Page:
As far as possible, animals use grass production by grazing. It can be said that ewes have priority over cattle, which make good use of sheep's refuses (hays or silages) and the worse or those far away pastures. So it constitutes a good complement in the utilization of farm resources. During the stay up, grass production of the prairies is collected and stored as hay or silage for the following winter. In the case of the farms that do not take cattle up to the mountain pastures, these will graze the surpluses of the prairies that sheep will graze from the following autumn-winter (Figure 1).
Figure 1. Complementarity of valley-mountain resources.
The use of concentrates is destinated mainly for dairy sheep during the last part of the pregnancy and nearly during the whole milking period. In contrast, the expenses of concentrates for cattle is usually quite limited to the calving period and for animals for replacement, and many times it does not even exist.
3.- LIVESTOCK SYSTEM-ENVIRONMENT INTERACTION
3.1.- At the valley
The vegetation of the valley consists of permanent natural prairies composed of a great diversity of herbaceous species.
Although productions can be considered as being quite high, the expenses and utilization of chemical fertilizers does not still involve an environmental risk. The provided recommendations about nitrogenous fertilization, apart from manure, have been 180-200 units per ha as a top in improved prairies for zero-grazing. Moreover, as the characteristics of the lands (sloping lands, small size) interfere somehow with the use of agricultural machinery, the utilization of chemical N, considering all kind of prairies, is about 30 units/ha on average.
Recently, farmers have begun to pay more attention to their management, and practices of reseeding are more common.
3.2- At the mountain
As for mountain pastures, they are a mixture of herbaceous species (Agrostis, Festuca) with different degrees of shrubby cover (Erica, Calluna).
Animals stay mixed and nowadays are kept in completely free grazing: there are neither practices of guiding animals nor fencing. It has been observed:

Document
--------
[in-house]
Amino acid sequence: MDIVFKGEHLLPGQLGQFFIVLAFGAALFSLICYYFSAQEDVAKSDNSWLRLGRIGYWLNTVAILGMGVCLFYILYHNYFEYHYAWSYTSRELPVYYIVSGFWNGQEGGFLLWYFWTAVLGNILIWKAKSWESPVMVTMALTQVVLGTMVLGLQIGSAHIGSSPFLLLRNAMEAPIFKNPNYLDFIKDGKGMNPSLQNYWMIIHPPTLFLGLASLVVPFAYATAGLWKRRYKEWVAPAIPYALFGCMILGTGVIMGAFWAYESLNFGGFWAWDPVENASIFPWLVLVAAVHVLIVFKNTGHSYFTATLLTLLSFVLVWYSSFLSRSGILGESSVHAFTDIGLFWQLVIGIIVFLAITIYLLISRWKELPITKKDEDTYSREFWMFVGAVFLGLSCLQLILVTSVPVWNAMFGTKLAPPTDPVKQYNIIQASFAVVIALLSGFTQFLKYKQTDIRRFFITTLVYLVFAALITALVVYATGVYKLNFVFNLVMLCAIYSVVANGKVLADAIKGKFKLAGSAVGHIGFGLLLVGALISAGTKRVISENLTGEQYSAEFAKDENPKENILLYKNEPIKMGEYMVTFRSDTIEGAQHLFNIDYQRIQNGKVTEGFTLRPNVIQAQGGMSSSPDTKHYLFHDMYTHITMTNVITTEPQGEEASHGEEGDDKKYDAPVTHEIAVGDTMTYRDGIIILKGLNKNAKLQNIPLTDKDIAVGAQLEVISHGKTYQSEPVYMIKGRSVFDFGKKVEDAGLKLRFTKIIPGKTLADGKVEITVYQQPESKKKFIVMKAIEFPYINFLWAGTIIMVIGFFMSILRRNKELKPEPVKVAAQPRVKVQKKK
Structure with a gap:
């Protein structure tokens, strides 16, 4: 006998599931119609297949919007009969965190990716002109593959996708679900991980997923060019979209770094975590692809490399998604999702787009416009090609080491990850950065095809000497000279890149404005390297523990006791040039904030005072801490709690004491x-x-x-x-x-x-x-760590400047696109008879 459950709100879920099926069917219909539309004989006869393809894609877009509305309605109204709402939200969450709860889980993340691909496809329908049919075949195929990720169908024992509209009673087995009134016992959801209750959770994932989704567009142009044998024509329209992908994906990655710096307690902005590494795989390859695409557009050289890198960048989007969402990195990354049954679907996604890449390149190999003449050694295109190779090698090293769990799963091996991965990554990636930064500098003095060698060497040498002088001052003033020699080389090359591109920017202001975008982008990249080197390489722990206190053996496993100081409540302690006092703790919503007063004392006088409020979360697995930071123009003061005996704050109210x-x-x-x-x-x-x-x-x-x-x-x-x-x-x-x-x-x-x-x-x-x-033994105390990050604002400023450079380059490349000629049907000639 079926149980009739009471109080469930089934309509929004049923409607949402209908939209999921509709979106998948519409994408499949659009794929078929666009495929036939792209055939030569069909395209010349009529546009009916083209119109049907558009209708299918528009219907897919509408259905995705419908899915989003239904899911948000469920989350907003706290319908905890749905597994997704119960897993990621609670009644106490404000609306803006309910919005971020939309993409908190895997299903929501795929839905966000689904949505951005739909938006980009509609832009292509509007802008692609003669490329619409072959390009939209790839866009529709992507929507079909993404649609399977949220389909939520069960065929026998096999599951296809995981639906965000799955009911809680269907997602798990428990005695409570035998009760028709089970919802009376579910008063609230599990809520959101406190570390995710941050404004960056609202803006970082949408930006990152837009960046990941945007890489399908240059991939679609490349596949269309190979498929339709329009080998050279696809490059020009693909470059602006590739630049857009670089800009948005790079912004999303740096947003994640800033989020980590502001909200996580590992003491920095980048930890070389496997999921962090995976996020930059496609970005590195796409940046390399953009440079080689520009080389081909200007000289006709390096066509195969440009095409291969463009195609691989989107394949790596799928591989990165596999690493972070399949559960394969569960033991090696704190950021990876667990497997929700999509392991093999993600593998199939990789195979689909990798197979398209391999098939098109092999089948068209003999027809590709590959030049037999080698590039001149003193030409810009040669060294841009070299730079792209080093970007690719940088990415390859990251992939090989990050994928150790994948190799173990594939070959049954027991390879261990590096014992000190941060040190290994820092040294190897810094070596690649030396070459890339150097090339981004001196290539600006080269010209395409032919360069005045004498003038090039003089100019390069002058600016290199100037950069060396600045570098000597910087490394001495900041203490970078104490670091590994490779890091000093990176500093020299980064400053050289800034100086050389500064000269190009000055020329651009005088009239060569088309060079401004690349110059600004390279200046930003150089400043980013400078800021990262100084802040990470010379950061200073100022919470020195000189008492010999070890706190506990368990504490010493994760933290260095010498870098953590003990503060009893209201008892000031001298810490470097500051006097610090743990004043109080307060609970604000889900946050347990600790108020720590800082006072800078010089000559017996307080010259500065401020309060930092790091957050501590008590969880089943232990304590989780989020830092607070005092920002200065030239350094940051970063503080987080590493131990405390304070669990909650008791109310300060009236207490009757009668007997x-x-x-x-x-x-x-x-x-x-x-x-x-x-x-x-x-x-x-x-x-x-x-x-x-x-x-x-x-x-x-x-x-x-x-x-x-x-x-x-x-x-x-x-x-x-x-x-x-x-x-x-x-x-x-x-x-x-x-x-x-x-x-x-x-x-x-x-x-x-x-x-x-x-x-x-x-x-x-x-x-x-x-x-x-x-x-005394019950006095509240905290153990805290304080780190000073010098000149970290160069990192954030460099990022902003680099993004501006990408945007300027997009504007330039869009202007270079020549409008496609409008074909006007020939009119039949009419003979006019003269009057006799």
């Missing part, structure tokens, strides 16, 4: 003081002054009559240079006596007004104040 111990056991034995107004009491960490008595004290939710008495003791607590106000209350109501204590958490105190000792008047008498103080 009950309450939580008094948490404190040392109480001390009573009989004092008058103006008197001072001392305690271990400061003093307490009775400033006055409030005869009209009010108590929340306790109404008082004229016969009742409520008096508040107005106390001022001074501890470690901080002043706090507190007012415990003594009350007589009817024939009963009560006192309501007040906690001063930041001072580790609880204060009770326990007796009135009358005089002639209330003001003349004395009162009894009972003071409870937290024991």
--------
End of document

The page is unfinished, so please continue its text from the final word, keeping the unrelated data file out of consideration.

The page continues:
-An inadequate use of the available resources, so some areas are overgrazed while some others are being undergrazed or are even ungrazed.
-According to different degrees of shrubby cover and orographical limitations, there is a great variability in the ASI. For example, the highest values of stocking rates are observed (0.7 GBU/ha) in the case of areas with less than 50% of shrubby cover
-Although animal species are not separated one from another, there is some kind of separation in the use of the resources, according to the different preferences of each species: while cattle graze the plain lands and the lowest sloping ones, sheep, and also horses, use more pronounced ones and summits.
-A general increase in the shrubby cover has been observed. This fact is more noticeable in intermedium sloping lands, those used mainly by sheep. It must be that ewes are not able to maintain it at a certain degree.
Presumably, the explanations for these facts are:
-The amount of flocks that assist to the mountain pastures has decreased about 15 points in the last 12 years (from 85% to 70%).
-Nowadays shepherds do not stay at these pastures with the flocks during the whole grazing season, searching for better living conditions, and also due to the lack of labour force in the farms, practices to guide grazing are not being carried out.
In this sense it must be said that the use of fences would suppose a chance in the traditional reglamentation as areas of public or communal utilization. Moreover, the interests arising from the actual demand of landscape for leisure activities made by the urban society sometimes run into the ones of livestock activities.
-The time of permanence of sheep has decreased notably, maybe as a consequence of:
- The breeding program: increase in milk production and duration of lactation
- The system improvement: better feeding management, investments in stables and equipment (milking machines, small cheese-factories) looking for better living conditions or due to sanitary limitations (reglamentation UE 92/46).
-Return of the wolf (Canis lupus) to some areas after an absence of about 30 years.
- Since mountain pasture is a complicated ecosystem originated from grazing livestock activity, its sustainable maintenance requires of this activity.
- Maintenance of this production system (valley-mountain) is affected by several factors, some of them inherent to the system itself (production schedules), and some derived from the socio-economical environment.
-The disturbance, or even disappearance, of this part of the system involves on the one hand a serious modification of the landscape (landscape for leisure?), and on the other hand, a higher dependence of livestock on the valley by means of more intensified systems and the subsequent environmental problematic.
-Within the framework of this global context, research in order to develop techniques that allow improving the utilization of such mountain resources is essential.